Frequently Asked Pedestrian Accidents Questions
Pedestrian Accidents FAQ’s
What rights do pedestrians have under Georgia law?
Unlike car drivers, pedestrians aren’t shielded by a tough layer of steel when walking on a sidewalk or crossing a busy intersection. This makes them especially vulnerable to accidents involving cars, trucks and other vehicles. Under Georgia law, drivers are supposed to pay careful attention to pedestrians and yield to them when approaching crosswalks.
Some pedestrian-specific Georgia laws state:
- Pedestrians have the right-of-way in crosswalks
- Drivers are not allowed to park their vehicles on sidewalks
- Unless they’re in a crosswalk, pedestrians entering a road must yield to oncoming vehicles
- Drivers pulling into or out of an alley, driveway or private road must yield to pedestrians
When are motor vehicle drivers at fault for pedestrian accidents?
Pedestrians have the right-of-way over drivers when crossing the street in a crosswalk. If the driver fails to yield to a pedestrian in a crosswalk and hits them, the driver will likely be at fault for the accident.
If a pedestrian is approaching a crosswalk and is within one lane of incoming traffic, he or she has the right of way, even if they haven’t entered the crosswalk yet.
There are some exceptions to the pedestrian’s right-of-way in a crosswalk. For instance, when the “do not walk” sign is on the pedestrian does not legally have the right of way. A pedestrian who walks into traffic because they are distracted, or they are impaired by drugs or alcohol, may end up being partially or fully responsible for their own injuries.
What if the pedestrian was jaywalking?
Generally, pedestrians must yield to drivers if they’re crossing a street where there’s no crosswalk. However, if a pedestrian is hit by a driver who was speeding, intoxicated or driving at night without lights, the driver may be held liable for the accident, even if there was no crosswalk and the pedestrian was jaywalking.
The amount of fault shared by a driver in a jaywalking accident will depend on the driver’s behavior and whether they made adequate effort to avoid the accident (or if it was even possible to avoid the pedestrian).
Are pedestrians allowed to walk on the shoulder of a road?
Unless there’s a sidewalk to walk on, pedestrians can (and often must) walk on the shoulder of a road. While it’s permittable to use the shoulder if no sidewalk is available, pedestrians should walk as far away from the road as possible.
How can pedestrians avoid accidents and injuries?
While pedestrians cannot control the actions of drivers, there are several things they can do to minimize the risk of being struck by vehicles and suffering injuries:
- Crossing the street at designated crosswalks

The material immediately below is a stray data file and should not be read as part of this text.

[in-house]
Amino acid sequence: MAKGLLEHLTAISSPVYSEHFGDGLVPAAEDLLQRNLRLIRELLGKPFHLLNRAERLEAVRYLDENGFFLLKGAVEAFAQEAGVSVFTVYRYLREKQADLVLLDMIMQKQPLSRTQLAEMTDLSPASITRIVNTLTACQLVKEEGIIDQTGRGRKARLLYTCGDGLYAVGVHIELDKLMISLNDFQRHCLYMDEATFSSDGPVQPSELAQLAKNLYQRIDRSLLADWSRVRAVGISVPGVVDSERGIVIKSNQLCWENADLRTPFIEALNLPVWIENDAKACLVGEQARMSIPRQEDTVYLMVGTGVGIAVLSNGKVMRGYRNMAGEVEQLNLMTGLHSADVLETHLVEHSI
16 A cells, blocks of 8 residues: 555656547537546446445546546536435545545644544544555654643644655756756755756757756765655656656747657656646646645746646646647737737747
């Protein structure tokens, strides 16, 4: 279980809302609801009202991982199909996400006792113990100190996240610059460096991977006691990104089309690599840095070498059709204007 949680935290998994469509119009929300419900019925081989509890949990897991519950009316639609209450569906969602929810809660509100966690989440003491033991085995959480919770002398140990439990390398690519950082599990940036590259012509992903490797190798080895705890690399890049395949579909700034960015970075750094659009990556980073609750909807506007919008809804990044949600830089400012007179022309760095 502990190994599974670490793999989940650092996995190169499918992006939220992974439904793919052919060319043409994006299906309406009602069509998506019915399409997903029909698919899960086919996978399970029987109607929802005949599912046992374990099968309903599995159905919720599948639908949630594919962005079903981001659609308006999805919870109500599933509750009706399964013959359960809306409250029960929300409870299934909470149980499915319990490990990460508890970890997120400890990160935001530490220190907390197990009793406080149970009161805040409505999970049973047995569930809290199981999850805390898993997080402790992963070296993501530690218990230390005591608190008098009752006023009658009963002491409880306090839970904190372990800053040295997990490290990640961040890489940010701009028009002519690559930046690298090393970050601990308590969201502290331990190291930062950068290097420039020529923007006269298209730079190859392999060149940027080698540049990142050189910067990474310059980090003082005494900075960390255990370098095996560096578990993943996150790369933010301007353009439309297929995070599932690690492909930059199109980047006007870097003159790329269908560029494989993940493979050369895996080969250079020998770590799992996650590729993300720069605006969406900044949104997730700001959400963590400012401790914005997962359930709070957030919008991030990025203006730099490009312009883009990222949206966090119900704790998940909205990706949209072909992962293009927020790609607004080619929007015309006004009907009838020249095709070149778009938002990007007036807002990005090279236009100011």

- Looking both ways before entering a roadway
- Avoiding distractions like listening to music, texting or talking on the phone
- Wearing bright, reflective clothes, especially when walking at night
- Walking against traffic in areas where there are no sidewalks
What damages can I recover in a pedestrian accident?
If you were injured in a pedestrian accident and the driver was at fault, you can claim several different types of damages, including past and future medical expenses, lost wages and loss of future earning capacity.
You can also seek compensation for the pain, trauma and suffering you had to endure in the aftermath of your accident. It’s not uncommon for victims of pedestrian accidents to suffer from PTSD or emotional distress as a result of their injuries.
Some cases allow Georgia pedestrians to recover punitive damages. These are usually awarded if the at-fault driver’s actions were exceptionally negligent (like in a drunk driving accident) or the driver acted with malice.
How long do I have to file a personal injury civil lawsuit?
In Georgia, plaintiffs have two years from the day of their accident to file a personal injury lawsuit. This is commonly referred to as the statute of limitations.
The sooner you contact an Atlanta pedestrian accident lawyer, the more time they will have to help you gather necessary evidence and negotiate a fair settlement.
The driver was texting when they hit me. How can I prove this?
When you pursue a personal injury claim, you are solely responsible for proving your case. If you believe the driver who injured you was texting at the time of the accident, a personal injury lawyer can help you gather the necessary evidence to prove this.
Your attorney will likely have the power to subpoena the driver’s phone records. A subpoena is a legal order that requires the defendant to provide the requested documents. Once the attorney obtains the phone records, they will have invaluable insight into the driver’s phone activity, which will help determine if the defendant was texting during the time leading up to the accident.
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